Monthly Archives: September 2015

Côtes de Castillon: good value wines galore!

When I first arrived in Bordeaux, the word going round was that Fronsac was the up-and-coming wine region, and was headed for great things. However, this never really materialized. Then a similar buzz was heard about Castillon. I must admit to feeling there is more potential for the latter appellation, not only because it’s so much bigger (2,300 hectares compared to just over 1,000 for Fronsac and Canon-Fronsac), but because the wines are more appealing to the general public.

Although “Castillon, Côtes de Bordeaux” is not exactly a household name, it has long been a treasure trove of good-value Bordeaux beloved of connoisseurs. Historically, the appellation was known as “près-Saint-Emilionais”, and the geographical proximity with Saint-Emilion is unquestionably reflected in the wines. Let’s be clear: a good Castillon is better than a ho-hum Saint-Emilion, and has a much lower price tag to boot.
In fact, Castillon is where to bring people who moan that Bordeaux is too expensive or Burgundy lovers with blinders on. This is where you can find worthwhile wines for as little as 7 or 8 euros a bottle and truly delicious ones for not much more. And I’m talking about really good wine here.
Bordeaux has Portes Ouvertes (“Open Days”) in most major appellations. These are marvellous opportunities for anyone who’s interested in visiting châteaux, meeting the winegrower, sampling the wine, and either buying or not as one sees fit. Absolutely no pressure is brought to bear. The Portes Ouvertes in Castillon Côtes de Bordeaux took place on Saturday the 5th and Sunday the 6th of September. The number of participating estates was relatively limited (17), but included a good cross-section of the appellation.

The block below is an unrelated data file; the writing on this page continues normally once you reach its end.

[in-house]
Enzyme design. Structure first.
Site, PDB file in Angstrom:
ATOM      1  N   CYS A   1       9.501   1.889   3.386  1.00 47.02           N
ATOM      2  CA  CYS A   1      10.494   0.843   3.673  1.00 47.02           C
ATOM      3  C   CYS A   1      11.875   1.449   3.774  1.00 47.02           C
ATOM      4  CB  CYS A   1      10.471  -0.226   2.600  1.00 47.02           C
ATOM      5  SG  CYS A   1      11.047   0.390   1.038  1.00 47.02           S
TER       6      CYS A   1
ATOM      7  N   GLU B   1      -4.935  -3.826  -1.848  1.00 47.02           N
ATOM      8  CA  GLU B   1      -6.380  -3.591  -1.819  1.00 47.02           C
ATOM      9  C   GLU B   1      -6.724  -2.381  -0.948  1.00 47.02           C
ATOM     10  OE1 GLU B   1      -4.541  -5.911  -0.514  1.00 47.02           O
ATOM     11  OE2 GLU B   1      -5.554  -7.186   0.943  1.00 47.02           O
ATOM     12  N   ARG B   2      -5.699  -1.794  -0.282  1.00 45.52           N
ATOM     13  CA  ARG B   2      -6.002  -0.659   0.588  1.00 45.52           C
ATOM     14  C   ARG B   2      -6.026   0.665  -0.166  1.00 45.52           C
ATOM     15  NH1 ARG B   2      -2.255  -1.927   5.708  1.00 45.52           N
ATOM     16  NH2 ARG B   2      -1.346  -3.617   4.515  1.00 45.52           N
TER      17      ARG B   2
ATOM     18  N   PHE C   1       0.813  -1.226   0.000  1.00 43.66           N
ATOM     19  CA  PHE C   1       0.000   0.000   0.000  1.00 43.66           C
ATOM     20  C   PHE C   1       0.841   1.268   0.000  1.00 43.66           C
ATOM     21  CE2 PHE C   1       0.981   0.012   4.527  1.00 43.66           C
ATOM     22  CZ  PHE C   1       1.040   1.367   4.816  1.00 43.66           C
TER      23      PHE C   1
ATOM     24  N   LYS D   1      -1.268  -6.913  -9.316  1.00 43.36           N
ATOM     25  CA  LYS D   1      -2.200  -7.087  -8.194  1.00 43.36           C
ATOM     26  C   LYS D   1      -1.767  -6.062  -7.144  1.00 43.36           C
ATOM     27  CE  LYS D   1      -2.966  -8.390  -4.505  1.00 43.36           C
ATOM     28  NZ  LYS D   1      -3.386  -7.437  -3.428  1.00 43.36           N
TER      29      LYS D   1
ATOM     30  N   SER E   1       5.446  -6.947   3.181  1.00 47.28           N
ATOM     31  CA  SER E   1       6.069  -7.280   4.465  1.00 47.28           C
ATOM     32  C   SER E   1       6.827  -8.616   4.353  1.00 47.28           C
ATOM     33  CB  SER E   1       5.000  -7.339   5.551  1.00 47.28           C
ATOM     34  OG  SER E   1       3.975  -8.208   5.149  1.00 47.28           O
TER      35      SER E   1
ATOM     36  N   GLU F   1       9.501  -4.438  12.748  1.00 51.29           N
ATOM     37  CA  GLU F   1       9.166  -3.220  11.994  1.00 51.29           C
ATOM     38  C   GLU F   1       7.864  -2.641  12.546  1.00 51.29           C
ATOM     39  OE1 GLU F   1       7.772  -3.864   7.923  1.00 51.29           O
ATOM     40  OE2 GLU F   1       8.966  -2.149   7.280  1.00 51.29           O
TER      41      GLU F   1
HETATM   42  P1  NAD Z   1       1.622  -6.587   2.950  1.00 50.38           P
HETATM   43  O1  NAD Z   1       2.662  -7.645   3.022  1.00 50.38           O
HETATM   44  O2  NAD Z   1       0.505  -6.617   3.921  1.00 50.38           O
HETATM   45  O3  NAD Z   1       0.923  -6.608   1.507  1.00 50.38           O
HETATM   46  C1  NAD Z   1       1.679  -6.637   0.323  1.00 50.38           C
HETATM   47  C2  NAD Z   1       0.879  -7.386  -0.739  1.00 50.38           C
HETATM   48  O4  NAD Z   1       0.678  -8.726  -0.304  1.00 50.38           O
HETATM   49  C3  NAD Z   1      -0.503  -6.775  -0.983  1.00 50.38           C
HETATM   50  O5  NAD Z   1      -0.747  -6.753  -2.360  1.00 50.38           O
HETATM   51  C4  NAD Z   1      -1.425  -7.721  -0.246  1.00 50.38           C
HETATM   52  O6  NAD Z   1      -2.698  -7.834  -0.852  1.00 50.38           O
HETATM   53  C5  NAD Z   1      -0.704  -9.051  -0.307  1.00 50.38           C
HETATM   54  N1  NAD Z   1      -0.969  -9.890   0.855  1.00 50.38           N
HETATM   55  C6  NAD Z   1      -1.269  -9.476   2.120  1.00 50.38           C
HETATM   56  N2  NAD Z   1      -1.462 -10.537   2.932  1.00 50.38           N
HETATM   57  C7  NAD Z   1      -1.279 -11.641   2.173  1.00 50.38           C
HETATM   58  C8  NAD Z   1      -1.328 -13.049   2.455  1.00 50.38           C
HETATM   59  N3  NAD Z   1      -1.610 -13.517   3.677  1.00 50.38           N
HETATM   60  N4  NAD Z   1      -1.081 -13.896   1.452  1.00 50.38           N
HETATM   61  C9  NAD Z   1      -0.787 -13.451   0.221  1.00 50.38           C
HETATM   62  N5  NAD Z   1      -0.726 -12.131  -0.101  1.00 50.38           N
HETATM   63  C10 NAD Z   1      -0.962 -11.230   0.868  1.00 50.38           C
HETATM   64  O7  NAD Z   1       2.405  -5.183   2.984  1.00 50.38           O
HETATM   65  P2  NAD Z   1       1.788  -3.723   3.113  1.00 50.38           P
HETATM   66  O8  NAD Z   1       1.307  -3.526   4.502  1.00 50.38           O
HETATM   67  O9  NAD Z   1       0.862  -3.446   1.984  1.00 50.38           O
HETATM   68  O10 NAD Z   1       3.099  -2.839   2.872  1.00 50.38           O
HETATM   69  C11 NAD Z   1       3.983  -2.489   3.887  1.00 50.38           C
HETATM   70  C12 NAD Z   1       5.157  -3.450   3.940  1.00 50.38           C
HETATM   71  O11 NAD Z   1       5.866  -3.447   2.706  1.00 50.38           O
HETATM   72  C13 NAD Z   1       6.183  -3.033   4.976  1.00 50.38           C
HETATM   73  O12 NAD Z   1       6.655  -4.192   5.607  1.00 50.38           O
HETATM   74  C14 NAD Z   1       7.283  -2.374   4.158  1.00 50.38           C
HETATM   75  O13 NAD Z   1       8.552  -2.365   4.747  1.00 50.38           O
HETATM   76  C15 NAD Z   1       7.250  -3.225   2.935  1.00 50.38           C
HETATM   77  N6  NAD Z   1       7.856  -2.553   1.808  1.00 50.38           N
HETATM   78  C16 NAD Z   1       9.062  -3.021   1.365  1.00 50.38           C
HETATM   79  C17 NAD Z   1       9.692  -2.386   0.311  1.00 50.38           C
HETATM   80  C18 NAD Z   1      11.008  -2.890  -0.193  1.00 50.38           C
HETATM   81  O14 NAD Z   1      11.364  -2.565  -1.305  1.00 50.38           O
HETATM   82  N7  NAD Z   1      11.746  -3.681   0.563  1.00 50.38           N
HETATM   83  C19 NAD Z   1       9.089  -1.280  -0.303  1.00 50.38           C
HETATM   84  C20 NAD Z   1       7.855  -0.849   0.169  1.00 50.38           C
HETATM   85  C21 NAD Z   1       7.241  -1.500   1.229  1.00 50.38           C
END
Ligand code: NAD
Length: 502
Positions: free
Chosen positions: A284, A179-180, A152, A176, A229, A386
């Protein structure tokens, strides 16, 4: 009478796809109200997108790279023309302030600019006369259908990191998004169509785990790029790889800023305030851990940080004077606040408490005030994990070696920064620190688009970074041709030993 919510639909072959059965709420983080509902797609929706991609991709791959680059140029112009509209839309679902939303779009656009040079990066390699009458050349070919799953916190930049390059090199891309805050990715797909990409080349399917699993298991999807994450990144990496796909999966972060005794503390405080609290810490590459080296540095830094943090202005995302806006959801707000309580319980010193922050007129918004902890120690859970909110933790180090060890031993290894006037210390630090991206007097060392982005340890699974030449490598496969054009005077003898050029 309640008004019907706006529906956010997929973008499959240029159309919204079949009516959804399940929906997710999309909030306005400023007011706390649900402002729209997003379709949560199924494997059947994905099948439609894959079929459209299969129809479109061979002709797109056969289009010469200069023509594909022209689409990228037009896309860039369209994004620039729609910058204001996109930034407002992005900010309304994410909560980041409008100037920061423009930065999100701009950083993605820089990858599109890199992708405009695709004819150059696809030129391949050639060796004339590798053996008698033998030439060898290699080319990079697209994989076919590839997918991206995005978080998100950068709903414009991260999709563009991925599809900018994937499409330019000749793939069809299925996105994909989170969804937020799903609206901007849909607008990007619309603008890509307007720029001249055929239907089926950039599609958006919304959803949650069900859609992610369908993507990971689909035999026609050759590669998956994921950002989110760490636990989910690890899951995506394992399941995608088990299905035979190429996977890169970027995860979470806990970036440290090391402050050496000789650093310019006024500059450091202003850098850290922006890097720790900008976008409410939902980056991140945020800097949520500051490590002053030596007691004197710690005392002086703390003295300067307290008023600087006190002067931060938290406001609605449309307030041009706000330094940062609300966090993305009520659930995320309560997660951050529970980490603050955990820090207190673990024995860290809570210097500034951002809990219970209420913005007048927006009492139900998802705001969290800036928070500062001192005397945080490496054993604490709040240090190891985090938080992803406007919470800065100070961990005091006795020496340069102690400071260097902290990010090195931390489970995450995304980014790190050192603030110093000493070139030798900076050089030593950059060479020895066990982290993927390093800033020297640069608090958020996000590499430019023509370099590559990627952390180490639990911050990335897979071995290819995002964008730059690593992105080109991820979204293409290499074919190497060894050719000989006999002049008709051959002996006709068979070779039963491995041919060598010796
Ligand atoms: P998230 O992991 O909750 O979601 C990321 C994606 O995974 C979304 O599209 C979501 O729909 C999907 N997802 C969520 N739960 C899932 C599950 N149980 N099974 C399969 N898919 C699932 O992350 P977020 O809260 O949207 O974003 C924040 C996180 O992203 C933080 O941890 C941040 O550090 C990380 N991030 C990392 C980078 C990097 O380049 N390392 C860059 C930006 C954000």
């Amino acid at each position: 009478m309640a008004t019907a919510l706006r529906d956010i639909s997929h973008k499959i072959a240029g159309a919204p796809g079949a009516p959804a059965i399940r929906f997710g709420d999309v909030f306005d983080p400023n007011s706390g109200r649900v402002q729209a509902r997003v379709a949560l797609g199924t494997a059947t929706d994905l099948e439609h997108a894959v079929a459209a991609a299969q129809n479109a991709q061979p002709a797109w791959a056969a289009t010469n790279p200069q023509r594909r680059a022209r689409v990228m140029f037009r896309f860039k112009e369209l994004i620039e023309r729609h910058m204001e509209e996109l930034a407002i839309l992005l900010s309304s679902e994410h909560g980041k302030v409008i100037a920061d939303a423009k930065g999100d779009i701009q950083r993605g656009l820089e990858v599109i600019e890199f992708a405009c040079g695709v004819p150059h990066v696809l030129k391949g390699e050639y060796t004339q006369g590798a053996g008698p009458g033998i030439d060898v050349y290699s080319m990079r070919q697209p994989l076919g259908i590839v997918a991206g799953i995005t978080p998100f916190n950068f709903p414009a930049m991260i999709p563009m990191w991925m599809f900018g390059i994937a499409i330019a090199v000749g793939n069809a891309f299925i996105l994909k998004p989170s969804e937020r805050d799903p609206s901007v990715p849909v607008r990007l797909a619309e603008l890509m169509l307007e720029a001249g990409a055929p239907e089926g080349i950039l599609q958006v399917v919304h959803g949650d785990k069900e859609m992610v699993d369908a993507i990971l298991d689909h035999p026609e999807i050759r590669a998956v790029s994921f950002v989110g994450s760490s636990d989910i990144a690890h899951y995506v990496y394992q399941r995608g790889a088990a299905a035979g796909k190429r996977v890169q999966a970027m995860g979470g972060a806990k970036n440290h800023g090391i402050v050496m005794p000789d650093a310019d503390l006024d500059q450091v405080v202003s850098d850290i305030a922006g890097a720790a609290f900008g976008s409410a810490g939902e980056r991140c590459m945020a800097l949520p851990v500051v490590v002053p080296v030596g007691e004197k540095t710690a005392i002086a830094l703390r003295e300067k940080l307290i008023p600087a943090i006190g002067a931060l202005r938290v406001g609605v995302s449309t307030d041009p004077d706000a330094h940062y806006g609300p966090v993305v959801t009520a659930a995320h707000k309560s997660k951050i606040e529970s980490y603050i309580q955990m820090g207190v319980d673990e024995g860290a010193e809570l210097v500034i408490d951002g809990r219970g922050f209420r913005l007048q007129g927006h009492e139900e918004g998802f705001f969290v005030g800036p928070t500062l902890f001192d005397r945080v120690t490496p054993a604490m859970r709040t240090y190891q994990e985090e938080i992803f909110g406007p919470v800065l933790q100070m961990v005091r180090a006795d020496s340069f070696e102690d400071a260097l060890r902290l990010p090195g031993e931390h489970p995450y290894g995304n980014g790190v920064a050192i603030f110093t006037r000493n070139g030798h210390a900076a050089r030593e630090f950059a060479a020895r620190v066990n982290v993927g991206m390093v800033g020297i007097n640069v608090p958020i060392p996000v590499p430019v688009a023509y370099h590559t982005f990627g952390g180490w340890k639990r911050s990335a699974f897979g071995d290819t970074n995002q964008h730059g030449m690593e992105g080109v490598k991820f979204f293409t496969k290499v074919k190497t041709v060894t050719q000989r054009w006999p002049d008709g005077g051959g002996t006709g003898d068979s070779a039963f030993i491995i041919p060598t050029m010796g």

I went there on Sunday with an American friend, author, and fellow blogger, Tom Mullen:

Portes Ouvertes programme

Portes Ouvertes programme

We visited 7 châteaux and had a wine lunch at Château Pitray. Here’s a brief rundown of the experience, which I can strongly recommend.

Proud owners of Ch. Rose Poncet

Proud owners of Ch. Rose Poncet

Our day started off with Château La Fleur Poncet in Gardegan-et-Tourtirac, where we were greeted by Madame Elisabeth Rousseau-Rodriguez, Vice-President of the Castillon winegrowers association, and her husband. This 10-hectare estate, in the family for the past two centuries, is located 7 km from Saint-Emilion and within sight of Château Michel de Montaigne in the neighboring Bergerac appellation. The predominately Merlot grapes were in excellent condition and had already reached a potential alcoholic degree of 13.5° on the 6th of September! So things were looking very good – as opposed to 2013 when a hail storm virtually wiped out the entire crop… The estate makes two wines, the regular cuvée and Mon anGe, an anagram of her children’s names. The latter is 100% Merlot, made from 35 year-old vines, and aged in new oak. My favorite wine was the 2010 La Rose Poncet.

The Lydoire family

The Lydoire family

The next stop was Château Bellevue in Belvès-de-Castillon. This 12.5 hectare estate is owned by the Lydoire family. They have a higher-than-than usual percentage of Cabernet Franc: 25%. We tasted their quaffable 2012 Bordeaux Supérieur and interesting 2012 vieilles vignes from Castillon, as well as the unusual 2011 Cémacuvée, made in a successful ripe, oaky, modern style.